Brown Droppings

California’s Taxpayer Protection and Government Accountability Act requires voter approval for all new taxes passed by the legislature and two-thirds voter approval for all new special tax increases. The Act also demands clear definitions of what is a tax or a fee, along with truthful descriptions of new tax proposals. Before any tax or fee is enacted, politicians must clearly outline how the revenues would be spent, and so on.  The measure has qualified for the November 5 ballot but Gov. Gavin Newsom and former governor Jerry Brown want the state supreme court to take the Act off the ballot.

Gov. Newsom contends that measure would “effectively block the state’s ability to quickly respond to major challenges.” Brown’s amicus brief argues that the measure is a constitutional revision, rather than an amendment, basically a distinction without a difference. Surprisingly, the former governor mentions the 1978 Proposition 13, the People’s Initiative to Limit Property Taxation, which limited property tax increases and required a two-thirds vote of the legislature to increase non-property taxes. As Brown’s brief contends:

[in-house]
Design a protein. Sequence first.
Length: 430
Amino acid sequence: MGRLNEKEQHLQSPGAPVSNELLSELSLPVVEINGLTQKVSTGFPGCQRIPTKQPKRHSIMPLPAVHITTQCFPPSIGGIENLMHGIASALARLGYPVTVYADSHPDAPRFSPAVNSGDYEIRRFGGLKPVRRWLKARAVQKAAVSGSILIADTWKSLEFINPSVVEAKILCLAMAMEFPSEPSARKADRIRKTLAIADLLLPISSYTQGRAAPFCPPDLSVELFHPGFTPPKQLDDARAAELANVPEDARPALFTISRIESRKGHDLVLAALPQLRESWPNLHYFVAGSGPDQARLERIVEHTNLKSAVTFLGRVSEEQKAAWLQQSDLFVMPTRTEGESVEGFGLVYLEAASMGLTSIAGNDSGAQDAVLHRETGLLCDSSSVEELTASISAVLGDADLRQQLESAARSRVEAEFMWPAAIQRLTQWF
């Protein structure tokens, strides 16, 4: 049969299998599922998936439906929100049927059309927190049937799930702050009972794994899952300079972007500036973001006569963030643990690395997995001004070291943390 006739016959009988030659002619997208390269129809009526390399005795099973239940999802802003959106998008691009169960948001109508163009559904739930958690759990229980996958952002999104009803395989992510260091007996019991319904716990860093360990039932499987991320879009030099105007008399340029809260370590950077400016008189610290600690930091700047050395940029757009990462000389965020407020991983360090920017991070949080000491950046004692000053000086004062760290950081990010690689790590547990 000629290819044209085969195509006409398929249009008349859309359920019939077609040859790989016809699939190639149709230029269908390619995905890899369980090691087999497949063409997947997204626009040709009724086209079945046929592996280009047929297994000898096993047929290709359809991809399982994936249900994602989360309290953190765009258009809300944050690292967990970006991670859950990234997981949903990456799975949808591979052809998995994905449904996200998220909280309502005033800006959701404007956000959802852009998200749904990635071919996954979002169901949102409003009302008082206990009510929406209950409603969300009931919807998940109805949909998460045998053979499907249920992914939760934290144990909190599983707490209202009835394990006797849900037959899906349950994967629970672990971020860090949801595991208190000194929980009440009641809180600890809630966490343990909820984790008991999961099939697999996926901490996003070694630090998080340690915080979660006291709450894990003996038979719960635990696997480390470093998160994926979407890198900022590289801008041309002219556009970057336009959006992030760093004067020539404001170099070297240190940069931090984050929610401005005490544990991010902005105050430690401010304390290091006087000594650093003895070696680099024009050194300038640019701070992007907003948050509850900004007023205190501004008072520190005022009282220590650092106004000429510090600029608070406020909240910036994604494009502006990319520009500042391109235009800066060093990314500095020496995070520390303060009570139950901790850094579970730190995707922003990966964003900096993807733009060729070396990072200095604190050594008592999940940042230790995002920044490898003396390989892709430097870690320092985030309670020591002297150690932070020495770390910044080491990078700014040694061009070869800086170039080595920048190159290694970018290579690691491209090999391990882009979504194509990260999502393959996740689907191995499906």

Proposition 13, the court concluded back in 1978, perhaps with undue optimism, “was both modest and does not change our basic governmental plan.” The same cannot be said of the Measure, which turns our basic governmental plan inside out.

In an attempt to give the back of the hand to these concerns, Real Party echoes a 1950s film noir in which a police officer tells a crowd, “there’s nothing to see, move along,” when the police officer in fact is standing in front of a corpse – in this instance (to apply the metaphor to the facts), the corpse of our State Government.

Amicus Curiae Edmund G. Brown served as a law clerk to Justice Mathew Tobriner of this Court from 1964 to 1965; as a member of the Los Angeles Community Board of Trustees from 1969 to 1971; as Secretary of State of California from 1971 to 1975; as mayor of Oakland, California, from 2007 to 2011; and as governor of California from 1975 to 1983 and 2011 to 2019. Governor Brown’s many years of service in state and local government have given him an unprecedented understanding of how government functions and a deep interest in ensuring that our state and local government entities continue to serve the public effectively.

Rather than allow the people to make the call, Jerry Brown wants the supreme court to take the Taxpayer Protection and Accountability Act off the ballot. While the decision awaits, there’s a few things Brown’s brief failed to mention.

In runs for the presidency in 1976, 1980 and 1992, Jerry Brown came up a loser, and in 1982 Brown lost a Senate race to Republican Pete Wilson, mayor of San Diego. On the other hand, Brown did succeed in transforming the Golden State from a place people wanted to live to a place people want to leave.

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